The Doctor’s Advocate | Third Quarter 2013
Consumer Attorneys of California Attack MICRA
It has become an annual tradition for the incoming president of the Consumer Attorneys of California (CAOC)—the association formerly known as the trial lawyers—to declare his or her intention to finally get a bill passed to repeal or dramatically increase the state's cap on noneconomic damages. (The cap is a provision of MICRA, the Medical Injury Compensation Reform Act of 1975.) This year is no exception, with the incoming president desperate to counter last year’s widespread criticism of CAOC as ineffectual and irrelevant after nearly all of its legislative agenda failed.
What makes this year different is the unusual level of effort by the plaintiff attorney group. CAOC has approached the governor and the leaders of both houses to try to negotiate a deal—without success, according to credible sources.
CAOC has hired three additional high-profile contract lobbyists in Sacramento in an attempt to share some of the leverage wielded by those lobbyists'; other, more influential clients. It has hired Chris Lehane, whom the New York Times called the “Master of the Political Dark Arts,” to consult on a campaign that has so far included some limited cable advertising, some billboards, a website, and a mail piece sent to select Sacramento addresses. The envelopes contained a mortuary toe tag along with an anti-MICRA message similar to the one on the website. So far, no legislation has been introduced. I expect them to try a "gut and amend" maneuver on a bill late in the legislative calendar—August or September—in order to exclude public participation in the process and shorten the time for MICRA's supporters to be able to respond.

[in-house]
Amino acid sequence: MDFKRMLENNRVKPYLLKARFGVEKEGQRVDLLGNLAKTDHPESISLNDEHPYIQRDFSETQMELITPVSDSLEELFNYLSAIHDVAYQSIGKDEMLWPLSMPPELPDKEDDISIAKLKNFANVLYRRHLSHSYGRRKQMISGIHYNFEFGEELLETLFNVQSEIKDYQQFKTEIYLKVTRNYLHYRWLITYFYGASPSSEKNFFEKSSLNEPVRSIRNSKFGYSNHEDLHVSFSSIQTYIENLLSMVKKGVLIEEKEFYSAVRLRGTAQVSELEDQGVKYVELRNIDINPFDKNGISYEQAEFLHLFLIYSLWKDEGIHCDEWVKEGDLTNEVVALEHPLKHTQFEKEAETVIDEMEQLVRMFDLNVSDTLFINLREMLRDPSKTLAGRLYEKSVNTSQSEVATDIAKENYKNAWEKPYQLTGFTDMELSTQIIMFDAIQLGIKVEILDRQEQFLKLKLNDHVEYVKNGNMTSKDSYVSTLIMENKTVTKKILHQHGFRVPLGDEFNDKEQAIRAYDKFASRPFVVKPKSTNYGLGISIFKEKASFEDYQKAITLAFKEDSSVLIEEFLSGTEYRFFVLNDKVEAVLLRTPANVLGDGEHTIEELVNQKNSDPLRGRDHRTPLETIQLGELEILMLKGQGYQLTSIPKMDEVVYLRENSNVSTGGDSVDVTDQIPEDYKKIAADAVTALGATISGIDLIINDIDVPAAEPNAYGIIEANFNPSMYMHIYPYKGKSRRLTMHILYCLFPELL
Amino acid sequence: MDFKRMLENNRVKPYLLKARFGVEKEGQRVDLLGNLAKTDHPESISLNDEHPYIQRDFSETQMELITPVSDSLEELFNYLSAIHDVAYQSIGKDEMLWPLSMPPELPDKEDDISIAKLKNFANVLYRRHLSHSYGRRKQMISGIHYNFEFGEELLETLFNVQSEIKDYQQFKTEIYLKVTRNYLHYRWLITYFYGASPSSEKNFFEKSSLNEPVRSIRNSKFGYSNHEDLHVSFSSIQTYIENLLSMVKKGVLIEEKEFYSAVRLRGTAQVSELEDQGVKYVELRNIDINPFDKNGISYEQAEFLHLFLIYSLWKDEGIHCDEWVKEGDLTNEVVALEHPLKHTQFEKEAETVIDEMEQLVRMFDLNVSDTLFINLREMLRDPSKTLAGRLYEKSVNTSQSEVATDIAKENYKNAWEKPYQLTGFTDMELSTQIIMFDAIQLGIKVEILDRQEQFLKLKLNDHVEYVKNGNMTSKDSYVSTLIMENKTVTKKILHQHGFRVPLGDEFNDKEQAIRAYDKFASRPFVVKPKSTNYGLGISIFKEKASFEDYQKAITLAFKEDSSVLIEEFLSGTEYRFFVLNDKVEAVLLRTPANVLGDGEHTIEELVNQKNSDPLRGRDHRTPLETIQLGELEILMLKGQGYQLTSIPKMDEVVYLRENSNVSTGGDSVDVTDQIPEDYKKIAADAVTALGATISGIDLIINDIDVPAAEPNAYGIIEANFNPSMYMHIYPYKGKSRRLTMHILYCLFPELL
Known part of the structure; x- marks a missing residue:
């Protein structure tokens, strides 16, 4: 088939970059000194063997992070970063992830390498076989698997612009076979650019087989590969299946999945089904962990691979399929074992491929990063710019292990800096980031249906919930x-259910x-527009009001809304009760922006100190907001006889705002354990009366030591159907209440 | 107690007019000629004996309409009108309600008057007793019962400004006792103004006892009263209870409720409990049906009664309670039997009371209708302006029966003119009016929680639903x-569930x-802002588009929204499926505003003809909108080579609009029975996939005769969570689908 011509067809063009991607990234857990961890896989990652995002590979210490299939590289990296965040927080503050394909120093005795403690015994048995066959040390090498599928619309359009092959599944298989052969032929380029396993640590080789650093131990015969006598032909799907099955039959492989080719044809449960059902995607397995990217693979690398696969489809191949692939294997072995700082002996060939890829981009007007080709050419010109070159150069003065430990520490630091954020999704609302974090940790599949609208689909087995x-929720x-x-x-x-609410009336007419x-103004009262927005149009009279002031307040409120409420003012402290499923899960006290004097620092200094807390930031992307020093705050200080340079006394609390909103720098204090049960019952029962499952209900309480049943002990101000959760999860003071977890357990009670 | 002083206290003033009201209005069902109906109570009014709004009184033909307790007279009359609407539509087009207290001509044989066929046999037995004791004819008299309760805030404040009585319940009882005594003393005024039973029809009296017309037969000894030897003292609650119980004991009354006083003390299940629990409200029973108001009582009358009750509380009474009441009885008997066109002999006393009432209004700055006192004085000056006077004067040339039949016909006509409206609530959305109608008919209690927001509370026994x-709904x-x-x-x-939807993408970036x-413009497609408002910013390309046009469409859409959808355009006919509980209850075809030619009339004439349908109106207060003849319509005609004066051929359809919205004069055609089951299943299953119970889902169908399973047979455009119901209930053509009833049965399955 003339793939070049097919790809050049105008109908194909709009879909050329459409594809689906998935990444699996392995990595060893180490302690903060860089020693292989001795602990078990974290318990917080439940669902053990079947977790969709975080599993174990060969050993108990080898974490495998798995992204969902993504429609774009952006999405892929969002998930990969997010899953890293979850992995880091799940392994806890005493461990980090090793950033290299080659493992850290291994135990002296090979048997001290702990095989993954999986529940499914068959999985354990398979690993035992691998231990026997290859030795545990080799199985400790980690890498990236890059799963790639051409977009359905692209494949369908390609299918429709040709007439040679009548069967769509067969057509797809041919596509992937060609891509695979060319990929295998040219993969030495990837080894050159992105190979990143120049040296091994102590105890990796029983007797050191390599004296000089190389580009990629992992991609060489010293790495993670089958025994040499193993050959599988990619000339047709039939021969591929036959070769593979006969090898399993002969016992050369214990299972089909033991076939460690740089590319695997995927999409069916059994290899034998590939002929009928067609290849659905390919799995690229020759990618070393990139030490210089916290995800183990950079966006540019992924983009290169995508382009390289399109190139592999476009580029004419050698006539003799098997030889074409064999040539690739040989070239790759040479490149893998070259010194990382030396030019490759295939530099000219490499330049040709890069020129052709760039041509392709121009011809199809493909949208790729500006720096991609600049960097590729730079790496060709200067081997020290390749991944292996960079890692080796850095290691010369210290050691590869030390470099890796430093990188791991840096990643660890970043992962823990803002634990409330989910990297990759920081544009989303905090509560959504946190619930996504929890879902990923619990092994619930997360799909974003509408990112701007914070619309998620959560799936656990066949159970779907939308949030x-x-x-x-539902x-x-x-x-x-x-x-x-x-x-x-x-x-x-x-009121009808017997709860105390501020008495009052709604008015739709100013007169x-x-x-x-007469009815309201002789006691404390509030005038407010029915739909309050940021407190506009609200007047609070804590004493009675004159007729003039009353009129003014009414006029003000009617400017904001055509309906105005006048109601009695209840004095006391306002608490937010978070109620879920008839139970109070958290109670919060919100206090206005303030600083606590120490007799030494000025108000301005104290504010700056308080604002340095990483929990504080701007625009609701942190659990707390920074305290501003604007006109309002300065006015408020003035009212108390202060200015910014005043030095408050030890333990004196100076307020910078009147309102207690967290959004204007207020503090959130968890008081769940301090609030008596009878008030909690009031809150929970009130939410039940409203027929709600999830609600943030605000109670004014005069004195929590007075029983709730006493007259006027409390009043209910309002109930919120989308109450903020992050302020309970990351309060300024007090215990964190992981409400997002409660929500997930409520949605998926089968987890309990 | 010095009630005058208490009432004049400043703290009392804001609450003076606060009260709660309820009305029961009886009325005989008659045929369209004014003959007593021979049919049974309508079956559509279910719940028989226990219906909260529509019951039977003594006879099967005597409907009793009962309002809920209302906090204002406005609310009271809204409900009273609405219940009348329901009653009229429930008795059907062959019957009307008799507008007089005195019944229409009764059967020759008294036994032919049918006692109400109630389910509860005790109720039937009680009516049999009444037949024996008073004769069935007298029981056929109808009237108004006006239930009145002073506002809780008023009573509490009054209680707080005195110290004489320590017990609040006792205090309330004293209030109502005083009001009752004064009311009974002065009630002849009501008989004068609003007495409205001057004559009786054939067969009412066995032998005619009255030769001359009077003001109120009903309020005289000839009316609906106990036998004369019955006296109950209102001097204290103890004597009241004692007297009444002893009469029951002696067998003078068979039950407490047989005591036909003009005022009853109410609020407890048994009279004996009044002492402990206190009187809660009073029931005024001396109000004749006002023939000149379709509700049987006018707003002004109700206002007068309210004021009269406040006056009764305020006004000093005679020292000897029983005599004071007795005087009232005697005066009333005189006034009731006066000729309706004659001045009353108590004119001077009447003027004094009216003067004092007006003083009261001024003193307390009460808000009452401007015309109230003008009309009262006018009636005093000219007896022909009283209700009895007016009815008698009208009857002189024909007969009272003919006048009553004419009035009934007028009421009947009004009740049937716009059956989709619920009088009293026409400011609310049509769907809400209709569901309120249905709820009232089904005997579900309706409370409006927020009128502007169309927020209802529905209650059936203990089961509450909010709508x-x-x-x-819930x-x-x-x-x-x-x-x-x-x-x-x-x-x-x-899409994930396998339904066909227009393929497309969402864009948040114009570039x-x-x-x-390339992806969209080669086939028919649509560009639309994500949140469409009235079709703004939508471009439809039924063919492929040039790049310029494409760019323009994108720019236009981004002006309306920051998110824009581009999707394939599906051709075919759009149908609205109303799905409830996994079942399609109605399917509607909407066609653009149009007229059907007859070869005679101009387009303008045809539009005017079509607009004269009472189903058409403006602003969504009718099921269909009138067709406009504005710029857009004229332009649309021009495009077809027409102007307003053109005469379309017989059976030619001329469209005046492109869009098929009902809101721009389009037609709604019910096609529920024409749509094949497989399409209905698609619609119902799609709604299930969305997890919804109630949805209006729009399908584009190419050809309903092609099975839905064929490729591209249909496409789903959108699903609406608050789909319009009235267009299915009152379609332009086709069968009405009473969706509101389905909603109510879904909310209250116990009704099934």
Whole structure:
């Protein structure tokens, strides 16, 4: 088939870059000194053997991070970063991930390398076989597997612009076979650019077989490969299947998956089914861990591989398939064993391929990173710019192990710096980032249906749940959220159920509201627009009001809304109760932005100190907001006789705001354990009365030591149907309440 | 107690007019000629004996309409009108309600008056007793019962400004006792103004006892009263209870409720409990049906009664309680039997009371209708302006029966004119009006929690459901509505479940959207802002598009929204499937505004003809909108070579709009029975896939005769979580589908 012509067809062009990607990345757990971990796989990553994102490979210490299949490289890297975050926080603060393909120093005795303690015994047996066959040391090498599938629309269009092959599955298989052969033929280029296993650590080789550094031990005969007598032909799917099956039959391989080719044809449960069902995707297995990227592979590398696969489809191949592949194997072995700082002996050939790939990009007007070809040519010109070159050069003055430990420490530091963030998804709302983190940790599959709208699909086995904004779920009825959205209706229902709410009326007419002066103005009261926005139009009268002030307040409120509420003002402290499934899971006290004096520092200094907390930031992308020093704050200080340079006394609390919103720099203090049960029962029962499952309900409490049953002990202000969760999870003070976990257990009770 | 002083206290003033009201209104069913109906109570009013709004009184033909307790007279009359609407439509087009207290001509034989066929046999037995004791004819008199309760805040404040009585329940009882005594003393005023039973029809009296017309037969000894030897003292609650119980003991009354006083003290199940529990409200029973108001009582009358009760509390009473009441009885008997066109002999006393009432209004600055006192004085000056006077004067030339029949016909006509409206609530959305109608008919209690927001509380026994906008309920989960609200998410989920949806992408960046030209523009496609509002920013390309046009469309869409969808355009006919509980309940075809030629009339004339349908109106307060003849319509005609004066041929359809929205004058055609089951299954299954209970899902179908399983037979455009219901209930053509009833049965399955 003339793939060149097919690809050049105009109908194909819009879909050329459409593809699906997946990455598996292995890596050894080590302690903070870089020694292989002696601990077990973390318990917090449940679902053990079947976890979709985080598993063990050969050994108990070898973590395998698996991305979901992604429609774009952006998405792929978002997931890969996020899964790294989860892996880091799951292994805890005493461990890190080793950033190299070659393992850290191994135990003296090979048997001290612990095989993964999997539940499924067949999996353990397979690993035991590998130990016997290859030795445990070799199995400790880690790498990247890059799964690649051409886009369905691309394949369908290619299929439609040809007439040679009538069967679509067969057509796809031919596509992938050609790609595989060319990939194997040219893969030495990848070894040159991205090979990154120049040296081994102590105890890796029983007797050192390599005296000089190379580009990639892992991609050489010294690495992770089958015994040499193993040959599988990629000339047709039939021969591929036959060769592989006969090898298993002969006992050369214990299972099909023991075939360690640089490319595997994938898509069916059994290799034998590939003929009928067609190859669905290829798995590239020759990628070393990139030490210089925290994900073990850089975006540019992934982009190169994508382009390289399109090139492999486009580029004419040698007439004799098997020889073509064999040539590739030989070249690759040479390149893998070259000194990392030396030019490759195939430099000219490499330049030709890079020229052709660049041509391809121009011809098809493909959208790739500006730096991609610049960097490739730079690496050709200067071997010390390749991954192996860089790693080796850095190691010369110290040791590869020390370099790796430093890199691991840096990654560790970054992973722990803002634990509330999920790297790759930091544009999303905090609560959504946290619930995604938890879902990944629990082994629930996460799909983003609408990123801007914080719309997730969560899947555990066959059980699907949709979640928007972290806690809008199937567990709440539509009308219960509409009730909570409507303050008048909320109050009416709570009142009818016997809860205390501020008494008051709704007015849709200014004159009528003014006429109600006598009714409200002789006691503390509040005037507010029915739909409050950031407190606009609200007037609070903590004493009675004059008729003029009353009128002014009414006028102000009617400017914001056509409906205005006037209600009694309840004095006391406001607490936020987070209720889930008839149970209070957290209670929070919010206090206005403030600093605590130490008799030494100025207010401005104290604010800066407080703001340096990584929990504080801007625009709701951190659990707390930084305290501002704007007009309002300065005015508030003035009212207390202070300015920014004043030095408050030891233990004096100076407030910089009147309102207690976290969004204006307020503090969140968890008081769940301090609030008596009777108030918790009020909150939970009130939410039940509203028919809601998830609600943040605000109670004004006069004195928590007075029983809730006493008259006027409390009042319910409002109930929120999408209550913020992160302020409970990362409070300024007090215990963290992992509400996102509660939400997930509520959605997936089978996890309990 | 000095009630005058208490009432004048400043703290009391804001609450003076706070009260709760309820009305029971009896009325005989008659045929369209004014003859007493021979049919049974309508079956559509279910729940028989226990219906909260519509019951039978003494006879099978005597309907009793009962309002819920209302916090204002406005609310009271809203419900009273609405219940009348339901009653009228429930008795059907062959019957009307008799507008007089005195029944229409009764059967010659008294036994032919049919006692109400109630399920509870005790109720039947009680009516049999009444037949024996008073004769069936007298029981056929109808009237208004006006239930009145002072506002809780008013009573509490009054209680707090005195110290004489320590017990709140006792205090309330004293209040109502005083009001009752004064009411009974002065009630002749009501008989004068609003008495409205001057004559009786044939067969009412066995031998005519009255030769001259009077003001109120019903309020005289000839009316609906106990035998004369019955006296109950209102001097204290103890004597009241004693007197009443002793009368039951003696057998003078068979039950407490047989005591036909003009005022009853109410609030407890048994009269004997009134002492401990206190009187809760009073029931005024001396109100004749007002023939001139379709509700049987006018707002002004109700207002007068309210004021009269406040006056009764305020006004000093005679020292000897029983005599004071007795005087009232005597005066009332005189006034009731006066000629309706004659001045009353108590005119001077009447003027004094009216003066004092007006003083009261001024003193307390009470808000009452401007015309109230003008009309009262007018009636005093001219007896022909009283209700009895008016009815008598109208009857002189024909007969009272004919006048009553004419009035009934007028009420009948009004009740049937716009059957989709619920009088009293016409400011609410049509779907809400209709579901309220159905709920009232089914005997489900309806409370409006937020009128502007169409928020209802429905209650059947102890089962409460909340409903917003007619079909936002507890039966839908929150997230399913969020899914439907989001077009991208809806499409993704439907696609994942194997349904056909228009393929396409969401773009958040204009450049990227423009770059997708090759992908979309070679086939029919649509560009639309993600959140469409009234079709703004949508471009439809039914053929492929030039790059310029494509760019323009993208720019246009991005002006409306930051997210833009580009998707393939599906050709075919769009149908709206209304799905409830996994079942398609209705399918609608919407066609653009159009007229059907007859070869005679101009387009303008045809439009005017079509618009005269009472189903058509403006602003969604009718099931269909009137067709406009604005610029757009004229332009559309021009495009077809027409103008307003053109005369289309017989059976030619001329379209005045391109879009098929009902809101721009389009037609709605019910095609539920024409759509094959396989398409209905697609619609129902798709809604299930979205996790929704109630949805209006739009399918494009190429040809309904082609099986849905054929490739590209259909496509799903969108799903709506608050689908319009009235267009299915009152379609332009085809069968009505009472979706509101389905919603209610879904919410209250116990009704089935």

The Doctors Company and its Sacramento lobbyists, coalition partners, and pro-reform allies are engaged in an all-out political and public relations response to CAOC's attack. We are meeting with legislators and staff, reinforcing our supporters, and explaining the benefits of MICRA to those not familiar with the law. A recent coalition letter reminded each member of the assembly and senate of the more than 700 organizations in the coalition supporting MICRA and of the importance of MICRA in preserving access to healthcare. Coalition staff has begun training grassroots advocates, including physicians and clinic administrators, to be ready for media inquiries. The coalition is also polling voters, contacting reporters, and working to place op-ed pieces with selected newspapers.
MICRA's continued success is due in large part to DOCPAC's contributors and to similar groups working to help elect pro-reform candidates to the legislature. Thank you to those of you who have donated to our political action committee in support of MICRA.
Minnesota Supreme Court Endorses Loss of Chance Doctrine
"Loss of chance" is legal jargon for the idea that if, as the result of negligence, a patient's likelihood of survival or recovery is diminished, the patient has lost something of value and should therefore be able to sue and be compensated for the loss.